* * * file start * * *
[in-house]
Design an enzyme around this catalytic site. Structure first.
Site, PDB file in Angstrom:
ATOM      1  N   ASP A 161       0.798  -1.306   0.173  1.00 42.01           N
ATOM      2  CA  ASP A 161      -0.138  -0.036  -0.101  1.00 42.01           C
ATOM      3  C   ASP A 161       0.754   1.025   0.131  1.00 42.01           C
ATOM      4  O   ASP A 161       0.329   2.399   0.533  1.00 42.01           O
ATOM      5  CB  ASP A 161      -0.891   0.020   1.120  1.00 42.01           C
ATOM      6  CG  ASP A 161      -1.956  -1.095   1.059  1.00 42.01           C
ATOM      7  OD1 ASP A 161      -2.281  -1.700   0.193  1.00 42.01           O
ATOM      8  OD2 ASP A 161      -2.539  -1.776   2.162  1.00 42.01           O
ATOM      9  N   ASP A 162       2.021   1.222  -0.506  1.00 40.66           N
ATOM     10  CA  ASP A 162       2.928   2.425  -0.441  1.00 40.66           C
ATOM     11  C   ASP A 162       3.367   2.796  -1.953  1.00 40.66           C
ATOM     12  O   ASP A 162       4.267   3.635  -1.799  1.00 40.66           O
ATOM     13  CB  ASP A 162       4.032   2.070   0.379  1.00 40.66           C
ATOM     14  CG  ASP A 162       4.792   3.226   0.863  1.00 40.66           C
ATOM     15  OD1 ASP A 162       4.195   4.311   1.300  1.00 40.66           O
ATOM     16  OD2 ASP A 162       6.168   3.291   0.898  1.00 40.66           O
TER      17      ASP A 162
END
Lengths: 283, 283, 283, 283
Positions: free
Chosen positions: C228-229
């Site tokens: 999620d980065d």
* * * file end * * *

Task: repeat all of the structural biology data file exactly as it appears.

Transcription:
[in-house]
Design an enzyme around this catalytic site. Structure first.
Site, PDB file in Angstrom:
ATOM      1  N   ASP A 161       0.798  -1.306   0.173  1.00 42.01           N
ATOM      2  CA  ASP A 161      -0.138  -0.036  -0.101  1.00 42.01           C
ATOM      3  C   ASP A 161       0.754   1.025   0.131  1.00 42.01           C
ATOM      4  O   ASP A 161       0.329   2.399   0.533  1.00 42.01           O
ATOM      5  CB  ASP A 161      -0.891   0.020   1.120  1.00 42.01           C
ATOM      6  CG  ASP A 161      -1.956  -1.095   1.059  1.00 42.01           C
ATOM      7  OD1 ASP A 161      -2.281  -1.700   0.193  1.00 42.01           O
ATOM      8  OD2 ASP A 161      -2.539  -1.776   2.162  1.00 42.01           O
ATOM      9  N   ASP A 162       2.021   1.222  -0.506  1.00 40.66           N
ATOM     10  CA  ASP A 162       2.928   2.425  -0.441  1.00 40.66           C
ATOM     11  C   ASP A 162       3.367   2.796  -1.953  1.00 40.66           C
ATOM     12  O   ASP A 162       4.267   3.635  -1.799  1.00 40.66           O
ATOM     13  CB  ASP A 162       4.032   2.070   0.379  1.00 40.66           C
ATOM     14  CG  ASP A 162       4.792   3.226   0.863  1.00 40.66           C
ATOM     15  OD1 ASP A 162       4.195   4.311   1.300  1.00 40.66           O
ATOM     16  OD2 ASP A 162       6.168   3.291   0.898  1.00 40.66           O
TER      17      ASP A 162
END
Lengths: 283, 283, 283, 283
Positions: free
Chosen positions: C228-229
């Site tokens: 999620d980065d």